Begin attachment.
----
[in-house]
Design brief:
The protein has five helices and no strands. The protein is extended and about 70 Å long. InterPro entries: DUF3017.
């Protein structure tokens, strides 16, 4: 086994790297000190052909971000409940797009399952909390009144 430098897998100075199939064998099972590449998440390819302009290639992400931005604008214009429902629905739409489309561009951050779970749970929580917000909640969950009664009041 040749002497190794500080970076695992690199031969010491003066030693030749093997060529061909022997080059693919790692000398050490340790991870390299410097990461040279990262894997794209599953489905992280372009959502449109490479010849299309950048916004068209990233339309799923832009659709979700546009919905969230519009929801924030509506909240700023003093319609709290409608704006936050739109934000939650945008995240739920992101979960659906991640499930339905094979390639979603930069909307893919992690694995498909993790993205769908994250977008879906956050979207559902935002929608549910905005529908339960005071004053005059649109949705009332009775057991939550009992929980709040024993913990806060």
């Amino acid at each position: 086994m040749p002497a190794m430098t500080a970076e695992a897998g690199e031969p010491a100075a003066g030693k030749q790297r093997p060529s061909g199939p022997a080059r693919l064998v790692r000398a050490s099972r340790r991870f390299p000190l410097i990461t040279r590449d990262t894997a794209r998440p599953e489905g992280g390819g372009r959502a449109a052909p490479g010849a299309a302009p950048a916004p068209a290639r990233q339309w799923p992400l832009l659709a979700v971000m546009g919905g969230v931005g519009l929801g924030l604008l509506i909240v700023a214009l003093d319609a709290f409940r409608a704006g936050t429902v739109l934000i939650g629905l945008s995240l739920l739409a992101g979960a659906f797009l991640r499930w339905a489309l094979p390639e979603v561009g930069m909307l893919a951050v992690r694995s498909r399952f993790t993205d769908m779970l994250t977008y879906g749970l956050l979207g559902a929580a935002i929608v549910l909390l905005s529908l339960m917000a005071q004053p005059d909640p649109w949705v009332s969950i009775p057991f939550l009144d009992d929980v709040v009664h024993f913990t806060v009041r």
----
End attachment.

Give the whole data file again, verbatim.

[in-house]
Design brief:
The protein has five helices and no strands. The protein is extended and about 70 Å long. InterPro entries: DUF3017.
């Protein structure tokens, strides 16, 4: 086994790297000190052909971000409940797009399952909390009144 430098897998100075199939064998099972590449998440390819302009290639992400931005604008214009429902629905739409489309561009951050779970749970929580917000909640969950009664009041 040749002497190794500080970076695992690199031969010491003066030693030749093997060529061909022997080059693919790692000398050490340790991870390299410097990461040279990262894997794209599953489905992280372009959502449109490479010849299309950048916004068209990233339309799923832009659709979700546009919905969230519009929801924030509506909240700023003093319609709290409608704006936050739109934000939650945008995240739920992101979960659906991640499930339905094979390639979603930069909307893919992690694995498909993790993205769908994250977008879906956050979207559902935002929608549910905005529908339960005071004053005059649109949705009332009775057991939550009992929980709040024993913990806060």
């Amino acid at each position: 086994m040749p002497a190794m430098t500080a970076e695992a897998g690199e031969p010491a100075a003066g030693k030749q790297r093997p060529s061909g199939p022997a080059r693919l064998v790692r000398a050490s099972r340790r991870f390299p000190l410097i990461t040279r590449d990262t894997a794209r998440p599953e489905g992280g390819g372009r959502a449109a052909p490479g010849a299309a302009p950048a916004p068209a290639r990233q339309w799923p992400l832009l659709a979700v971000m546009g919905g969230v931005g519009l929801g924030l604008l509506i909240v700023a214009l003093d319609a709290f409940r409608a704006g936050t429902v739109l934000i939650g629905l945008s995240l739920l739409a992101g979960a659906f797009l991640r499930w339905a489309l094979p390639e979603v561009g930069m909307l893919a951050v992690r694995s498909r399952f993790t993205d769908m779970l994250t977008y879906g749970l956050l979207g559902a929580a935002i929608v549910l909390l905005s529908l339960m917000a005071q004053p005059d909640p649109w949705v009332s969950i009775p057991f939550l009144d009992d929980v709040v009664h024993f913990t806060v009041r």